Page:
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(păn`təmīm) [Gr.,=all in mimic], silent form of the drama in which the story is developed by movement, gesture, facial expression, and stage properties. It is known to have existed among the Chinese, Persians, Hebrews, and Egyptians and has been observed in many other cultures. Pantomime was popular in ancient Rome, where it was often explained by songs or simple action. The traditional characters of pantomime take their origin in the Italian commedia dell'artecommedia dell'arte
, popular form of comedy employing improvised dialogue and masked characters that flourished in Italy from the 16th to the 18th cent. Characters of the Commedia Dell'Arte
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 of the 16th cent. English pantomime, originated by John RichRich, John,
1692–1761, English actor-manager. Rich introduced pantomime to England, himself playing (1717–60) the role of Harlequin in annual performances. His successful production of John Gay's Beggar's Opera
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, was more pageantpageant,
modern dramatic spectacle or procession celebrating a special occasion or an event in the history of a locality. In medieval times the word pageant had meant the wagon or the movable stage on which one scene of a mystery or miracle play was performed.
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 than pantomime, and in 1818, when J. R. Planche began his extravaganzas with "speaking openings," pantomime in England became a dramatic spectacle with songs and speeches. Joseph GrimaldiGrimaldi, Joseph
, 1779–1837, English pantomime actor and clown. He made his debut at the age of three in Robinson Crusoe at Sadler's Wells, London. For many years he performed there and at Drury Lane.
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 and Jean Gaspard DeburauDeburau or Debureau, Jean Gaspard
, 1796–1846, French pantomime performer, whose original name was Jan Kaspar Dvorjak, b. Bohemia.
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 were famous pantomime stars of the 19th cent. In silent pictures, Charlie ChaplinChaplin, Charlie
(Sir Charles Spencer Chaplin), 1889–1977, English film actor, director, producer, writer, and composer, b. London. Chaplin began on the music-hall stage and then joined a pantomime troupe.
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 made his name as a great pantomime actor. Marcel MarceauMarceau, Marcel
, 1923–2007, French mime, b. Strasbourg as Marcel Mangel. Marceau studied under Charles Dullin and master mime Étienne Decroux in Paris. He gained renown in 1947 with the creation of Bip, a silent, sad, white-faced clown with a battered stovepipe hat
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 has been the leading artist in France.


See C. Aubert, Art of Pantomime (1927, repr. 1969); J. Lawson, Mime (1957, repr. 1973).

The Columbia Electronic Encyclopedia™ Copyright © 2013, Columbia University Press. Licensed from Columbia University Press. All rights reserved.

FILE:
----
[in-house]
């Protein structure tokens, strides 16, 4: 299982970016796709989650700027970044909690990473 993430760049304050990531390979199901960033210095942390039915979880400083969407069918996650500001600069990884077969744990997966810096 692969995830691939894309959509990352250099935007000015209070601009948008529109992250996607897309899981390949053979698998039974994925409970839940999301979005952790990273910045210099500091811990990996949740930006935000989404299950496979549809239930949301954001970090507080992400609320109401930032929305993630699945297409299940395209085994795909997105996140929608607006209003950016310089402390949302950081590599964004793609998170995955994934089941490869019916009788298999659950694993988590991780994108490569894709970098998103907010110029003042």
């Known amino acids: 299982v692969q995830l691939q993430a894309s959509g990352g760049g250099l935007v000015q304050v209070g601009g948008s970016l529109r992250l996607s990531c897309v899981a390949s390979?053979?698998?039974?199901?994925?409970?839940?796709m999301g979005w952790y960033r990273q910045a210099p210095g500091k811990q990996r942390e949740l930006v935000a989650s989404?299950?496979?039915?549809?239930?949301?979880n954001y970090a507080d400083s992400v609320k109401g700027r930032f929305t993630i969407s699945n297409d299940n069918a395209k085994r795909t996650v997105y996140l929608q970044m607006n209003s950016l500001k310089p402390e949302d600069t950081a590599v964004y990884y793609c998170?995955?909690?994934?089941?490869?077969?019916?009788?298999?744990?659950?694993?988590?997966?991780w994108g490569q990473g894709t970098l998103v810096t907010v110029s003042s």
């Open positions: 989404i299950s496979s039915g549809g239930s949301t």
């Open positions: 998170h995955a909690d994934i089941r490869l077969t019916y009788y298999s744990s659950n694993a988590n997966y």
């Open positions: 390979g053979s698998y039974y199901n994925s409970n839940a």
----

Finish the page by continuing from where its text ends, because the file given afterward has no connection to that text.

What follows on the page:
In England many families celebrate Christmas by attending a pantomime show. Although in the United States the word "pantomime" refers to dramas enacted without dialogue, the word has a different meaning in Britain. There, a pantomime show combines dialogue, music, dance, acrobatics, slapstick humor, colorful costumes, and special effects around the enactment of a simple story, often a fairy tale. Pantomime brings a bit of the circus to the theater, as the emphasis is on amusing the audience with as many flashy diversions as possible rather than telling the story in an economical way. While children enjoy the spectacle, adults are amused by the innuendo, camp humor, and satire laced throughout the performance.

Pantomime traces its roots back to the ancient world, although much more recent theater traditions have influenced it as well. Its ancestors include Roman and Greek mime traditions, Renaissance improvisational comedy, and musical theater.

Ancient Pantomime

The English word "pantomime" comes from the ancient Greek words for "all" (panto) and "mimic" (mimos). The ancient Romans were especially fond of pantomimes. Roman mimes used masks to distinguish various characters and were often aided by a chorus, which chanted the story, as well as by musical accompaniment. By the end of the fourth century Christianity had become politically powerful in the Mediterranean world. Church and state officials began to speak out against pantomime and other forms of theater, arguing that its actors portrayed and promoted immoral and indecent activities. This attitude of condemnation continued through the Middle Ages. Mimes and other actors faced excommunication for their participation in the kinds of drama frowned upon by the Church. Nevertheless, many forms of folk drama persisted throughout this period, including some associated with the Christmas season, such as mumming, and Christmas time mystery or miracle plays, folk dramas depicting events related to the birth of Jesus (seealso Nativity Play).

Commedia Dell'Arte